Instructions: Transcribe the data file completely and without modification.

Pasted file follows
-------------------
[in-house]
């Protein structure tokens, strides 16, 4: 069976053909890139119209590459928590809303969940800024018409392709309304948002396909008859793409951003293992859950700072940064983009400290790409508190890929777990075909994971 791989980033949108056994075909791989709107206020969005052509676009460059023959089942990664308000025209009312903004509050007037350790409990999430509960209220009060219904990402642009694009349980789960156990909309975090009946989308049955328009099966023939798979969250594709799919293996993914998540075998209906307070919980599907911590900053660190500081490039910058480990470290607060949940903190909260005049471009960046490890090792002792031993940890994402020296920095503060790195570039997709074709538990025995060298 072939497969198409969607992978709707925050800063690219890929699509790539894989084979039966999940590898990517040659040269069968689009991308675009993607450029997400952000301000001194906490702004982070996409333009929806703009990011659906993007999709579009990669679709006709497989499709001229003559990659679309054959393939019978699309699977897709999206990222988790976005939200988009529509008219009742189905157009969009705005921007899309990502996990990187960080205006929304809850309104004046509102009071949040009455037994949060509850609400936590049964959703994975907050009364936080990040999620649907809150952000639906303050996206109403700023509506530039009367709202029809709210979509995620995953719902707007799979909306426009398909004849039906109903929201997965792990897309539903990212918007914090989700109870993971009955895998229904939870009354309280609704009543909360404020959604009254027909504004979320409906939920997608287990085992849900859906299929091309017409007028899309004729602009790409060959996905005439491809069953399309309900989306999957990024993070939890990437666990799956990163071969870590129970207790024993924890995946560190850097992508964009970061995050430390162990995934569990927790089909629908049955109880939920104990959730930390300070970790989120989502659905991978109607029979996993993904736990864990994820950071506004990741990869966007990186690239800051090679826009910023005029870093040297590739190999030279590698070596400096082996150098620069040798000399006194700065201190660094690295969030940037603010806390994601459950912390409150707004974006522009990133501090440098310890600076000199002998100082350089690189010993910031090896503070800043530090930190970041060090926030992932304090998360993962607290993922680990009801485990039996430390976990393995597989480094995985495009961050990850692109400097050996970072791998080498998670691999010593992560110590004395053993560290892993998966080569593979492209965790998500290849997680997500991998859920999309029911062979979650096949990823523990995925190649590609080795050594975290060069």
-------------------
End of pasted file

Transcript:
[in-house]
């Protein structure tokens, strides 16, 4: 069976053909890139119209590459928590809303969940800024018409392709309304948002396909008859793409951003293992859950700072940064983009400290790409508190890929777990075909994971 791989980033949108056994075909791989709107206020969005052509676009460059023959089942990664308000025209009312903004509050007037350790409990999430509960209220009060219904990402642009694009349980789960156990909309975090009946989308049955328009099966023939798979969250594709799919293996993914998540075998209906307070919980599907911590900053660190500081490039910058480990470290607060949940903190909260005049471009960046490890090792002792031993940890994402020296920095503060790195570039997709074709538990025995060298 072939497969198409969607992978709707925050800063690219890929699509790539894989084979039966999940590898990517040659040269069968689009991308675009993607450029997400952000301000001194906490702004982070996409333009929806703009990011659906993007999709579009990669679709006709497989499709001229003559990659679309054959393939019978699309699977897709999206990222988790976005939200988009529509008219009742189905157009969009705005921007899309990502996990990187960080205006929304809850309104004046509102009071949040009455037994949060509850609400936590049964959703994975907050009364936080990040999620649907809150952000639906303050996206109403700023509506530039009367709202029809709210979509995620995953719902707007799979909306426009398909004849039906109903929201997965792990897309539903990212918007914090989700109870993971009955895998229904939870009354309280609704009543909360404020959604009254027909504004979320409906939920997608287990085992849900859906299929091309017409007028899309004729602009790409060959996905005439491809069953399309309900989306999957990024993070939890990437666990799956990163071969870590129970207790024993924890995946560190850097992508964009970061995050430390162990995934569990927790089909629908049955109880939920104990959730930390300070970790989120989502659905991978109607029979996993993904736990864990994820950071506004990741990869966007990186690239800051090679826009910023005029870093040297590739190999030279590698070596400096082996150098620069040798000399006194700065201190660094690295969030940037603010806390994601459950912390409150707004974006522009990133501090440098310890600076000199002998100082350089690189010993910031090896503070800043530090930190970041060090926030992932304090998360993962607290993922680990009801485990039996430390976990393995597989480094995985495009961050990850692109400097050996970072791998080498998670691999010593992560110590004395053993560290892993998966080569593979492209965790998500290849997680997500991998859920999309029911062979979650096949990823523990995925190649590609080795050594975290060069």